ABC Channel 7 television recently did a story about direct mail advertising by tobacco companies - something that's legal under the Tobacco Master Settlement Agreement of 1998. University of California, San Francisco researcher Dr. Stanton Glantz says the $15 billion annual advertising effort, which targets 18-25 year olds. He points out it is almost completely out of the public eye so most authorities, most of the public, most people in the media don't even know about it. People attend tobacco-sponsored events where their drivers' licenses are checked - and scanned - and that's the database used for the mailing. Glantz would like to see a law that prohibits the scanning of driver's licenses within 500 feet of a bar.
The U.S. Senate began hearings recently on a bipartisan bill to give the Food and Drug Administration (FDA) regulatory control over cigarettes and other tobacco products. Writing about the proposal in the Washington Times, Dr. Elizabeth M. Whelan, founder and president of the American Council on Science and Health, says the idea sounds good but could increase smoking-related deaths. She points out the bill prohibits the FDA from eliminating nicotine in cigarettes, allowing them only to reduce it, which will make smoker s smoke "harder and take in more hazardous products from combustion. While it would require removing some of the dangerous chemicals in the products, it wouldn't get rid of the toxicity that results when the products of tobacco combustion are inhaled into the lungs and get into the circulation." The bill's proponents, including Sen. Ted Kennedy (D-Mass.), argue that FDA authority over tobacco will lead to a safer cigarette, stronger warning labels and a reduction in cigarette-related deaths.
Only 4% of U.S. employers offer programs to help employees quit smoking, despite higher health care costs for employees who smoke and smoking breaks that can cost employers as many as nine weeks of lost productivity annually, according to a survey by the National Business Group on Health. The survey also found that, although 78% of employers have banned smoking in the workplace, the policies have not prompted employees who smoke to quit. The survey was reported by the Associated Press.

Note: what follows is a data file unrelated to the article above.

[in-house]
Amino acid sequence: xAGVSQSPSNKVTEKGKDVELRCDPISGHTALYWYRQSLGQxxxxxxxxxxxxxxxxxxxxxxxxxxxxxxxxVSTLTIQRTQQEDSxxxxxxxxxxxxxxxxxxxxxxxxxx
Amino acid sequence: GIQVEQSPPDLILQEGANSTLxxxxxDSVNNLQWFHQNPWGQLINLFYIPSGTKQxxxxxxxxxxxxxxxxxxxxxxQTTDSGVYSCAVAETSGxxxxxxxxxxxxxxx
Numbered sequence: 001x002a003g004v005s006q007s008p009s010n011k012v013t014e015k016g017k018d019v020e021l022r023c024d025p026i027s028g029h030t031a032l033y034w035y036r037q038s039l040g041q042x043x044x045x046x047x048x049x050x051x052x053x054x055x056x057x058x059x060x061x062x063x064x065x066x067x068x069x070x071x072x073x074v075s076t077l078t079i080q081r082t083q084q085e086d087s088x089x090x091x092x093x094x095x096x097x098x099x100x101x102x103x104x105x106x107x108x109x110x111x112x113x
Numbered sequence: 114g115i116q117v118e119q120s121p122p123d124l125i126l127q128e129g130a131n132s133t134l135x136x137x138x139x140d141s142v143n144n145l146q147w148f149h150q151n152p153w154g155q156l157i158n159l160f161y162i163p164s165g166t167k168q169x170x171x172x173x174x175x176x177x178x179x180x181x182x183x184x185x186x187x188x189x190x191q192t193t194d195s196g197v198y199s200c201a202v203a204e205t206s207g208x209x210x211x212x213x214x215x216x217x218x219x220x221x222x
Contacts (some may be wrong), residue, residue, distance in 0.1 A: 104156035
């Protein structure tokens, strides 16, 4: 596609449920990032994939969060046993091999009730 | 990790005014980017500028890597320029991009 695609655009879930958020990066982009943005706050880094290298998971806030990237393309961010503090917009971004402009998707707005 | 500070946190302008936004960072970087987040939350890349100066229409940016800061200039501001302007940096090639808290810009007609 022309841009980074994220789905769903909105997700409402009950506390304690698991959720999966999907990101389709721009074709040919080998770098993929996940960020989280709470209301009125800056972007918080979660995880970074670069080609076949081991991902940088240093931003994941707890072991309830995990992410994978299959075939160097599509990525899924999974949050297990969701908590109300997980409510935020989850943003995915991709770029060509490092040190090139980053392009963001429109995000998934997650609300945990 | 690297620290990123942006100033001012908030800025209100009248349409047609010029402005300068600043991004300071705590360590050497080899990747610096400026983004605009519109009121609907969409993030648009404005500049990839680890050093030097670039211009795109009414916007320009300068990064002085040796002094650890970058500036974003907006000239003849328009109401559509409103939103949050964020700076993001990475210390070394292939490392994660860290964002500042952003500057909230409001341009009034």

The United States Environmental Protection Agency (EPA) website offers a downloadable brochure addressing the harm of secondhand smoke, particularly to children. The brochure in both English and Spanish, called "Secondhand Tobacco Smoke and the Health of Your Family," is available on the EPA Smoke-Free Homes Program website at: www.epa.gov/smokefree In addition to the brochure, there is additional health information about the effects of secondhand smoke on children, as well as three easy steps to keep your home and car smoke-free.
Contact FYI by e-mailing email@example.com or call 925-313-6214. This newsletter was made possible by funds received from the Tobacco Health Protection Act of 1988 (Proposition 99), under Contract Number 04-07 with the California Department of Health Services, Tobacco Control Section.
Content provided by the Tobacco Prevention Project of Contra Costa Health Services.